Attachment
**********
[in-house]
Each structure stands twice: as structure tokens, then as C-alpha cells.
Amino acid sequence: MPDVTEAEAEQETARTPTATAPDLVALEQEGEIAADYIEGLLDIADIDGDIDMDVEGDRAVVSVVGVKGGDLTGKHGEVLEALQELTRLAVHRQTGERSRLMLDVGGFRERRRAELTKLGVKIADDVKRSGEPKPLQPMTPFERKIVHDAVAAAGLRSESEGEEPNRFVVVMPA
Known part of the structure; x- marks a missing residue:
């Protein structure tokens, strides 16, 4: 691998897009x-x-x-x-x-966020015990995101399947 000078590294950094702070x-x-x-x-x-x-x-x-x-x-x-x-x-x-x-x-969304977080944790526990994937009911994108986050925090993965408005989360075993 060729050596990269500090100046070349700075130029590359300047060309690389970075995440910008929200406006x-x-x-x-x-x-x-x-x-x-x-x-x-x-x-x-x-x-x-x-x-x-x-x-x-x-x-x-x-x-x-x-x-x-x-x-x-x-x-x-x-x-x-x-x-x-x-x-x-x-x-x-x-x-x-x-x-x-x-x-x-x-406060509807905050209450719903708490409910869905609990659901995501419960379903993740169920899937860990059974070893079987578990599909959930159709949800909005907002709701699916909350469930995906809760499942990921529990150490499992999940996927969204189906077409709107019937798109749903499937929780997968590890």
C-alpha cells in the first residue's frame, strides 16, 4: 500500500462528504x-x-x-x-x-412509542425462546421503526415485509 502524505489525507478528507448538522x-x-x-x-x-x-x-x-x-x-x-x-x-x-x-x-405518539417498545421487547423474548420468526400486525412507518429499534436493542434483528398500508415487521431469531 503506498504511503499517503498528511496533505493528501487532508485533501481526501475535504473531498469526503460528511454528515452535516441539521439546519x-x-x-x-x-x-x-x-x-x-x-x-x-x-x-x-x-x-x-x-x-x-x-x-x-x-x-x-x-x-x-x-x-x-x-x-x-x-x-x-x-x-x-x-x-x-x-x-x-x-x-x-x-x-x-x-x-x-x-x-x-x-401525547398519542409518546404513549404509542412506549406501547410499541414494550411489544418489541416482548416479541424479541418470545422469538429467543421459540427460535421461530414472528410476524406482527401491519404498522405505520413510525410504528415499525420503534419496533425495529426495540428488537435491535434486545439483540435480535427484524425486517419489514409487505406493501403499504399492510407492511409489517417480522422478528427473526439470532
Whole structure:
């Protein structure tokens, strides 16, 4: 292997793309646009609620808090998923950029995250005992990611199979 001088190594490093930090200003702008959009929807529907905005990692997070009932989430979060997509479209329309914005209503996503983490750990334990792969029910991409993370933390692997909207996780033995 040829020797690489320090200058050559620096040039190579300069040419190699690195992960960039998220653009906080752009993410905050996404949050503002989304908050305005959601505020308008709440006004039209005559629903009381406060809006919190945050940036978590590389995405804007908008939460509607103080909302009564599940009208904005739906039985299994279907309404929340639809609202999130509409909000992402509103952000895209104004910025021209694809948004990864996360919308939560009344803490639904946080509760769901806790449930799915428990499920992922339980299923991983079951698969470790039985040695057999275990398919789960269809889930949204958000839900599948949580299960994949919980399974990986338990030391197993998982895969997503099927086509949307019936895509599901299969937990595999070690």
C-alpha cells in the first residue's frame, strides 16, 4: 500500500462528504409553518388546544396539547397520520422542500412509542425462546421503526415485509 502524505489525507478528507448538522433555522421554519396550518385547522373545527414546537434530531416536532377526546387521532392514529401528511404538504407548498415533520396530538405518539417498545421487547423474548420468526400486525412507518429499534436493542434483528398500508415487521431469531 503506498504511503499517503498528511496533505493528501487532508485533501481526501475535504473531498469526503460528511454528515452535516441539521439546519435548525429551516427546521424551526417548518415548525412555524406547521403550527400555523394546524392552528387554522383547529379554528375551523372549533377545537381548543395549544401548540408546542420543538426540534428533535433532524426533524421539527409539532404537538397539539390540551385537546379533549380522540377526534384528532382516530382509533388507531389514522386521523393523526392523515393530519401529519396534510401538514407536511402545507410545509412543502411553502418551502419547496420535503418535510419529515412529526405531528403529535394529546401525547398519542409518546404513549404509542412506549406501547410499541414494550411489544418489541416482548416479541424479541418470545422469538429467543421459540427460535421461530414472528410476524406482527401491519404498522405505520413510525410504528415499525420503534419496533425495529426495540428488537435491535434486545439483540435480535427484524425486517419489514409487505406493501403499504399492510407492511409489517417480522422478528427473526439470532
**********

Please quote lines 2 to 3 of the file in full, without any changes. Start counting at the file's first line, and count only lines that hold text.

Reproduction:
Each structure stands twice: as structure tokens, then as C-alpha cells.
Amino acid sequence: MPDVTEAEAEQETARTPTATAPDLVALEQEGEIAADYIEGLLDIADIDGDIDMDVEGDRAVVSVVGVKGGDLTGKHGEVLEALQELTRLAVHRQTGERSRLMLDVGGFRERRRAELTKLGVKIADDVKRSGEPKPLQPMTPFERKIVHDAVAAAGLRSESEGEEPNRFVVVMPA